Presentation on theme: "The David Sinclair Award American Association for Aerosol Research."— Presentation transcript:
The David Sinclair Award American Association for Aerosol Research
David Sinclair was born in New York City in 1901, the only child of 23-year-old writer Upton Sinclair. Upton Sinclair published The Jungle in 1906, a novel that drew worldwide attention. David had a most unusual childhood, with a sporadic early education, a famous father devoted to social causes, and family acquaintances with many celebrities of the time. Sinclair earned his A.B. (Physics) at the University of Wisconsin (1924) and Ph.D. (Physics) at Columbia University (1937). It was at Columbia, during postdoctoral research (1940-1944) with renowned scientist Victor K. laMer, that he became interested in aerosol physics.
His early contributions while at Columbia University as a student, instructor, and researcher included the Sinclair-LaMer aerosol generator verification of Mie theory the “Owl” for measuring particle size in nearly-monodisperse aerosols He retired in 1966, but in 1967 answered a want ad from a small government physics laboratory in Manhattan seeking a scientist to work on aerosol questions. This facility became the Environmental Measurements Laboratory. Sinclair’s publications from 1967-1985 rank among some of the most noteworthy in the aerosol science literature.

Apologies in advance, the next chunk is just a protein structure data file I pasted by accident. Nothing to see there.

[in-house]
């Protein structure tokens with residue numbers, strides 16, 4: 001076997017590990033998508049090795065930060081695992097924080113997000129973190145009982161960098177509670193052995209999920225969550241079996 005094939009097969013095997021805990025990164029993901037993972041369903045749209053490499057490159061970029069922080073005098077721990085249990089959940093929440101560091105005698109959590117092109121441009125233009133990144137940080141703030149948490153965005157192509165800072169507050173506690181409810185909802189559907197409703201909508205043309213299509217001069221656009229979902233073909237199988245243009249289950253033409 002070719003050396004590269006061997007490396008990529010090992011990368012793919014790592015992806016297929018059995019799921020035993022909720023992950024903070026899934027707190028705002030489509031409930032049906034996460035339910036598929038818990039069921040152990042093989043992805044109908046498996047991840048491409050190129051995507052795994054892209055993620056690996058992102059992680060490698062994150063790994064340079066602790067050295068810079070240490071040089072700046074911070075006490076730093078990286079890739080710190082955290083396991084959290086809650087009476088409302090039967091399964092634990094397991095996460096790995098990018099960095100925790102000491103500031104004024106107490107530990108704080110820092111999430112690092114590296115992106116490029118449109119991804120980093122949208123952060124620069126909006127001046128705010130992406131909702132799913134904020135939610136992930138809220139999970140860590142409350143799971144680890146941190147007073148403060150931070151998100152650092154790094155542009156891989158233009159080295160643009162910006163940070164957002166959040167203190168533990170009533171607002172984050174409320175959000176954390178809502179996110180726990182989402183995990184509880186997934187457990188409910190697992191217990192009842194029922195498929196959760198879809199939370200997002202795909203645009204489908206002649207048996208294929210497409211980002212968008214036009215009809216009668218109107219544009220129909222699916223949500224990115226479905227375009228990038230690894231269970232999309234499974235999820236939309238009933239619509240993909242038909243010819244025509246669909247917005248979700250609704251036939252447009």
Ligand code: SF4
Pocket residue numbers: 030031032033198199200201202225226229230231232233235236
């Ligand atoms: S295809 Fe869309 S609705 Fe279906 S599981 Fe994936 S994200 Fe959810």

The David Sinclair Award “recognizes sustained excellence in aerosol research and technology by an established scientist still active in his/her career. The individual’s research must have a lasting impact in aerosol science”. The award memorializes David Sinclair, one of aerosol science’s great innovators, known for his knowledge, ingenuity and energy.
2005 Recipient of the David Sinclair Award Richard K. Chang Henry Ford II Professor of Applied Physics, Department of Applied Physics, Yale University “Richard Chang’s contributions to the optics, laser diagnostics, and chemistry of aerosols, droplets, and microparticles have been both extensive and continuous for the last 30 years. ” “Richard has seen the world in an aerosol droplet, and he has shown that world to the rest of us.” “Inventive, seminal, and very often beautiful are proper adjectives to describe his work.”